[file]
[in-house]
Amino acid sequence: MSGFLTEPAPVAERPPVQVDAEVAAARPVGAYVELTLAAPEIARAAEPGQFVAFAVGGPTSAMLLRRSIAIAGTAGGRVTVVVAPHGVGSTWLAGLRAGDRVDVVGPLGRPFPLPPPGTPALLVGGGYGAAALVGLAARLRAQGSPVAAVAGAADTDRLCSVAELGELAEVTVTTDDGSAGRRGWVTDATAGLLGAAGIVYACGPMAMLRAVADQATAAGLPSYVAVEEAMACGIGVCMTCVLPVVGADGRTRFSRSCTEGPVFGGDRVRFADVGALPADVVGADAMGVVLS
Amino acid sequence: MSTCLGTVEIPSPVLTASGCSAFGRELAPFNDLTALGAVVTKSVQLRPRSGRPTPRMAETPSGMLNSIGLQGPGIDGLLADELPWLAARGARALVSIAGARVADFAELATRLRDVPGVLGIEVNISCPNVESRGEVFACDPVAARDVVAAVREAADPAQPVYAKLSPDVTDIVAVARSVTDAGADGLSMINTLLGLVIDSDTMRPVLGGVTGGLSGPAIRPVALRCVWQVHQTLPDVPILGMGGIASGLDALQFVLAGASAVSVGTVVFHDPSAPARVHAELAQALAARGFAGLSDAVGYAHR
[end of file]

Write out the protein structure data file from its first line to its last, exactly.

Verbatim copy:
[in-house]
Amino acid sequence: MSGFLTEPAPVAERPPVQVDAEVAAARPVGAYVELTLAAPEIARAAEPGQFVAFAVGGPTSAMLLRRSIAIAGTAGGRVTVVVAPHGVGSTWLAGLRAGDRVDVVGPLGRPFPLPPPGTPALLVGGGYGAAALVGLAARLRAQGSPVAAVAGAADTDRLCSVAELGELAEVTVTTDDGSAGRRGWVTDATAGLLGAAGIVYACGPMAMLRAVADQATAAGLPSYVAVEEAMACGIGVCMTCVLPVVGADGRTRFSRSCTEGPVFGGDRVRFADVGALPADVVGADAMGVVLS
Amino acid sequence: MSTCLGTVEIPSPVLTASGCSAFGRELAPFNDLTALGAVVTKSVQLRPRSGRPTPRMAETPSGMLNSIGLQGPGIDGLLADELPWLAARGARALVSIAGARVADFAELATRLRDVPGVLGIEVNISCPNVESRGEVFACDPVAARDVVAAVREAADPAQPVYAKLSPDVTDIVAVARSVTDAGADGLSMINTLLGLVIDSDTMRPVLGGVTGGLSGPAIRPVALRCVWQVHQTLPDVPILGMGGIASGLDALQFVLAGASAVSVGTVVFHDPSAPARVHAELAQALAARGFAGLSDAVGYAHR